Consider a two particle system consisting of two electrons. The complete state of the electron includes its position wave function and also a spinor describing the orientation of its spin: $$\psi(r) \otimes \chi(s).$$ Why does it follows that for the the two particle system that if we have an anti-symmetric spin state of the two electrons such as the singlet state $$\frac{1}{\sqrt{2}}(| \uparrow \rangle \otimes | \downarrow \rangle - | \downarrow \rangle \otimes | \uparrow \rangle)$$ then this has to be joined with a symmetric spatial function (and similarly if we have a symmetric state of two electrons such as $| \uparrow \rangle \otimes |\uparrow \rangle$ then this has to be joined by an anti-symmetric spatial wave function?

Also if two electrons occupy the singlet spin state then the spatial wave function describing the two particle state would be symmetric, but I thought that for identical particles which are fermions (such as electrons), the spatial wave function is always antisymmetric?

Thanks for any assistance.

  • 1
    $\begingroup$ An odd state multipled by an even state gives you an odd state. It's been a while but I think it is analogous to that with symmetery, to preserve anti symmetry. Anyway, I am sure someone will sort us both out. $\endgroup$ – user140606 Jan 16 '17 at 18:48

For fermions, the total wave function, including both the spatial wave function and the spin state, must be antisymmetric under exchange. Since the product of two antisymmetric functions is symmetric (as is the product of two symmetric functions), it is necessary that either the spin is antisymmetric or the spatial wave function is antisymmetric but not both.

| cite | improve this answer | |
  • $\begingroup$ Thanks for your answer. Do you mean that say the spatial wave function $\psi(x_{1}, x_{2})$ of a two electron system is symmetric under the exchange operator then we require that the spin would be in the singlet state $| 0 0 \rangle =\frac{1}{\sqrt{2}}(| \uparrow \rangle \otimes | \downarrow \rangle - | \downarrow \rangle \otimes | \uparrow \rangle)$ hence we would have a total wave function $$\Psi = |\psi \rangle \otimes |0 0 \rangle?$$ $\endgroup$ – Alex Jan 16 '17 at 20:30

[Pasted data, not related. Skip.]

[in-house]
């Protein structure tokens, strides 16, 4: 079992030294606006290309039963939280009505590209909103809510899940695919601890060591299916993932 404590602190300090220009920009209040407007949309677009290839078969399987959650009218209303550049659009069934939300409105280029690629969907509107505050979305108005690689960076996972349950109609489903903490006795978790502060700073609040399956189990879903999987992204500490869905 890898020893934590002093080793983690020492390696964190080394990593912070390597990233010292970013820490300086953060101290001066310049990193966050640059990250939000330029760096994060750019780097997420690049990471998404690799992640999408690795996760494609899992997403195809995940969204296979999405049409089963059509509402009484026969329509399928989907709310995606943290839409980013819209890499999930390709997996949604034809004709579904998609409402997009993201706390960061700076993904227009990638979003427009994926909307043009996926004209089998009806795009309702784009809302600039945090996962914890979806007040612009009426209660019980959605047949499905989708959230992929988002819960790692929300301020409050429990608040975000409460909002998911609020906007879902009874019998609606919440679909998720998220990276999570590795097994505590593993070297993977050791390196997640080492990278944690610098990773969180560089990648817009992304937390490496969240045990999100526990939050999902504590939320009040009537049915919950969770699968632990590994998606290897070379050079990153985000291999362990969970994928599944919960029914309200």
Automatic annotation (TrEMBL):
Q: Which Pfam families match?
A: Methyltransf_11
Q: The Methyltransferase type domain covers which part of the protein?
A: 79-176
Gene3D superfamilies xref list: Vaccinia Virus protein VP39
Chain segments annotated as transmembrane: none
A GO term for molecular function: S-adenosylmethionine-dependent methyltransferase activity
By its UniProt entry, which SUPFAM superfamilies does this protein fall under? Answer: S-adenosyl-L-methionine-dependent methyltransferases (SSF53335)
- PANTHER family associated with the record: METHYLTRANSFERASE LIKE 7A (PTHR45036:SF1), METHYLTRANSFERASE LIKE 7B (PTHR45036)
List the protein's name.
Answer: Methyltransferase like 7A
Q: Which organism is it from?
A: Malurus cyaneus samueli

• 1
    $\begingroup$ That's correct: if the spatial wave function for two electrons is symmetric, the spin state must be antisymmetric - ie., the singlet state. If instead the spatial wave function is antisymmetric, the spin state would have to be a triplet state. $\endgroup$ – Harry Levine Jan 16 '17 at 20:33
  • $\begingroup$ Okay thanks. One other query... Would I be right in stating the following: Given that the state of the two particle system is $$\Psi = | \psi \rangle \otimes |00 \rangle$$ could I then project the tensor product onto the position basis by using the linear operator $\langle x_1, x_2 | \otimes I$, thus resulting in the tensor product $$\psi(x_1, x_2) \otimes |00\rangle$$, since the left hand side of the tensor product is a complex number and the right side is a matrix, we can consider the state $$\psi(x_1,x_2)|00 \rangle$$ as simply matrix times a complex scalar? $\endgroup$ – Alex Jan 17 '17 at 10:32

Your Answer

By clicking “Post Your Answer”, you agree to our terms of service, privacy policy and cookie policy

Not the answer you're looking for? Browse other questions tagged or ask your own question.